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EU Oil Embargo on Iran Takes Effect Sunday


Iranian oil technician Majid Afshari makes his way to the oil separator facilities in Iran's Azadegan oil field southwest of Tehran, Iran, April 15, 2008 (file photo).
Iranian oil technician Majid Afshari makes his way to the oil separator facilities in Iran's Azadegan oil field southwest of Tehran, Iran, April 15, 2008 (file photo).
A European Union embargo on Iranian oil that takes effect Sunday is the latest move in an international effort to force Tehran to halt its disputed nuclear program.

The EU and the United States want Iran to end development work that they say is intended to produce nuclear weapons. Iran says its nuclear program is for peaceful purposes. Talks on the issue have resulted in an impasse between western nations and Iran, the world's fourth largest oil producer.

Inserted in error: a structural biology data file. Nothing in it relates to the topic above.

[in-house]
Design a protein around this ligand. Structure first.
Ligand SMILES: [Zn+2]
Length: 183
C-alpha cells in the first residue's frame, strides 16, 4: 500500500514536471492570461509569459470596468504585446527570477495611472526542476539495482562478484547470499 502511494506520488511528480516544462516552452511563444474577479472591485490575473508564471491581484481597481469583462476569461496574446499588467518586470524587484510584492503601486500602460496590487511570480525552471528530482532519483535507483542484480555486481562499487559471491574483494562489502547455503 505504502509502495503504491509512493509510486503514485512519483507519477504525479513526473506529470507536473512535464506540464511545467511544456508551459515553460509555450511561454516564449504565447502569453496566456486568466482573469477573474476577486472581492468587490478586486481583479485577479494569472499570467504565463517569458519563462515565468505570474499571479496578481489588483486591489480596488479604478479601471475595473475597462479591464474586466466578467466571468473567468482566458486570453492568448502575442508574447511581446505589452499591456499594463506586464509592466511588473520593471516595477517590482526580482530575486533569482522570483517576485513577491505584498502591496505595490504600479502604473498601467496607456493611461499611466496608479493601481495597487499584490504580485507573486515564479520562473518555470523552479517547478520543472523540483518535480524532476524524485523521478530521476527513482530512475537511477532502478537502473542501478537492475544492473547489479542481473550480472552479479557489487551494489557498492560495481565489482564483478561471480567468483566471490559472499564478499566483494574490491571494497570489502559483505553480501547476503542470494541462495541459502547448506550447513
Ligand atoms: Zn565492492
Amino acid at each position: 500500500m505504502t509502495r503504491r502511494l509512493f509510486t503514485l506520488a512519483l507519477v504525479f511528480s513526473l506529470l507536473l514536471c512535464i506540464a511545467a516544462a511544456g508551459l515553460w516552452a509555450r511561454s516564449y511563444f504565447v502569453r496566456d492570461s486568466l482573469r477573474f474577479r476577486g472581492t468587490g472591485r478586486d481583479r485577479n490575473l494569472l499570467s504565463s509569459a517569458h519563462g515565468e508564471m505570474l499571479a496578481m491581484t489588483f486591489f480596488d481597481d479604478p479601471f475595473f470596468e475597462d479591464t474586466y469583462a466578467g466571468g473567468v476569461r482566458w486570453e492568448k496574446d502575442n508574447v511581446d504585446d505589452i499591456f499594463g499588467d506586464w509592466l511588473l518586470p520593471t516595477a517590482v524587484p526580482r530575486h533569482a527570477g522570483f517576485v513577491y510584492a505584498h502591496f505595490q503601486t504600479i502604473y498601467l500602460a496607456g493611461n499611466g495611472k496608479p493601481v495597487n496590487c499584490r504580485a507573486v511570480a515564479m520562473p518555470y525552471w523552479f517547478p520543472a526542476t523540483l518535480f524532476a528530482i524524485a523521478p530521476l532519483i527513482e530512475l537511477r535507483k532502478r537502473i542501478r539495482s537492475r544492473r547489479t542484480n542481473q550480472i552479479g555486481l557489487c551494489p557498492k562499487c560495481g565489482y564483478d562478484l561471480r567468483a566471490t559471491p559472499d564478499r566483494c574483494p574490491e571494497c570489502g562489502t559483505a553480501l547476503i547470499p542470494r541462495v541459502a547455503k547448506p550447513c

Last week South Korea announced it will also halt Iranian oil imports, becoming the first major Asian buyer of Iranian oil to do so.

The impact of the sanctions, which were announced in January, is not yet clear. Iran produced more than 4 million barrels of oil a day in 2010, but its production fell to a 23-year low before the July 1 start date for the sanctions. Meanwhile, other oil-producing nations in the Gulf region have stepped up their oil drilling, so production levels for the Organization of Petroleum Exporting Countries (OPEC) are near a four-year high.

Slowing of the world economy has also weakened demand for oil in recent weeks, bringing its cost down from the near-record highs reached earlier this year.

Some information for this report was provided by AP, AFP and Reuters.
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